Saturday, September 14, 2013

Rim fire winding down

I hadn't been over to Inciweb's Rim Fire status page in a while, so I dropped in to see how the progress goes.

This is the long, slow, quiet part of the firefighting work: the part they call "mopping up", though there isn't a mop to be found.

After all these weeks, the fire remains only 80% contained, and there are still more than 2,000 firefighters working on it.

Conditions in the fire area remain complex:

Damage assessments of destroyed or damaged structures, infrastructure, and developments interior of the containment lines continues as interior fire activity subsides. The pockets of unburned fuel within the perimeter of the fire area continue to consume.

Small contingents of employees from Hetch Hetchy Power and Water have been allowed back into Mather.

Anyone traveling on roads within the fire area should use extreme caution. Fire personnel and equipment continue to work in the area. Hazards include smoke weakened trees (that may fall) and hot burning stump holes. If you must drive through the fire area please do not stop, leave the roadway, or enter the burned area on foot.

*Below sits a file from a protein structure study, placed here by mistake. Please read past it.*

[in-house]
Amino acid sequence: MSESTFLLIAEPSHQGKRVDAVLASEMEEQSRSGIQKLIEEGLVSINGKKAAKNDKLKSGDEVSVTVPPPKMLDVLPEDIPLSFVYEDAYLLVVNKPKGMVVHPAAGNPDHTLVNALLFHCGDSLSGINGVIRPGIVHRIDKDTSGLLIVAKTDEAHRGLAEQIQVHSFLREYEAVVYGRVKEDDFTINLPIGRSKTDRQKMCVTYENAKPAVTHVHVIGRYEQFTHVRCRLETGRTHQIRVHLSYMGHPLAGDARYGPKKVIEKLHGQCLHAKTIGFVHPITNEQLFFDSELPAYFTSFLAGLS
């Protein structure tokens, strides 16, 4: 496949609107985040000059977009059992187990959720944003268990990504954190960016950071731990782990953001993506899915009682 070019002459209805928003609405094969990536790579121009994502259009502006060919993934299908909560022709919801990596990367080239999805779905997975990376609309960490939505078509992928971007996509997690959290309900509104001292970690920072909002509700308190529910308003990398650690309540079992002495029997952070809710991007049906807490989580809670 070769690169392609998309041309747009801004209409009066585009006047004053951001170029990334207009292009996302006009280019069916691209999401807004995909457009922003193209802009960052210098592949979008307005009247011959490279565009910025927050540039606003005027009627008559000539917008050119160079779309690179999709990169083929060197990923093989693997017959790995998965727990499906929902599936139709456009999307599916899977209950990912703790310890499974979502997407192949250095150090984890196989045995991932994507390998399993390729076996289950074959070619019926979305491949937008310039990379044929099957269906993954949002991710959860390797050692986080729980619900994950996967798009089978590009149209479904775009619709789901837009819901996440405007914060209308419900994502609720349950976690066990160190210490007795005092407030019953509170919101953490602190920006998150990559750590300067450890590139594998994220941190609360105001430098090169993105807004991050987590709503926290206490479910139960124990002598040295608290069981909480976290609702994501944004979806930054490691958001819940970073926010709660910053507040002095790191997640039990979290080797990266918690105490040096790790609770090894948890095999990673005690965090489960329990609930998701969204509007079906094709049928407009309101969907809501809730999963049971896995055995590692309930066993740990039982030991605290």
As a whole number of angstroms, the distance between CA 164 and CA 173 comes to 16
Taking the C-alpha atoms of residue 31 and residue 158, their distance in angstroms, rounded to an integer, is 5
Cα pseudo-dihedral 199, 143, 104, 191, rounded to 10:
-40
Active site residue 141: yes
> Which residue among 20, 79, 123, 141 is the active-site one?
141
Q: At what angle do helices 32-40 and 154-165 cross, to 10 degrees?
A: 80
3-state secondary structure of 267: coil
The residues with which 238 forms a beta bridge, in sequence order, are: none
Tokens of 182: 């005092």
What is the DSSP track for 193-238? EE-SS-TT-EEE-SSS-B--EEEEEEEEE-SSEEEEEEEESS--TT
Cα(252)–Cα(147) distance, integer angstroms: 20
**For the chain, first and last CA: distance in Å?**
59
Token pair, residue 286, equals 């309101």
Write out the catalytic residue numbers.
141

The dry language of the bureaucrat conceals an agony of effort.

The remaining direct fire-fighting activity is hard because it is in truly remote areas:

Continued fire spread to the northwest into the Yosemite Wilderness north of Hetch Hetchy is expected. Pockets of vegetation will continue to burn within the containment lines.

That terrain north of Hetch Hetchy is as rugged and remote as it gets in the lower 48 states; I suspect they'll have to just let that section of the fire burn itself out, possibly going until the first rains of the fall arrive in mid-October.

Meanwhile, before any of the damaged areas can be re-opened, including America's most beautiful mountain pass, Tioga Road, a lot of work must still be done:

Fire suppression repair has been completed on 30 miles of dozer lines, 2 miles of hand line, 36 miles of chipping (along roads), and 10 miles of roads.

It's a long, slow process, but the last 2 weeks have gone according to plan.

I doubt I will live to see the rebirth of this forest, but I have my memories of it, and I'll look forward to visiting it in the years to come, to see the healing start.

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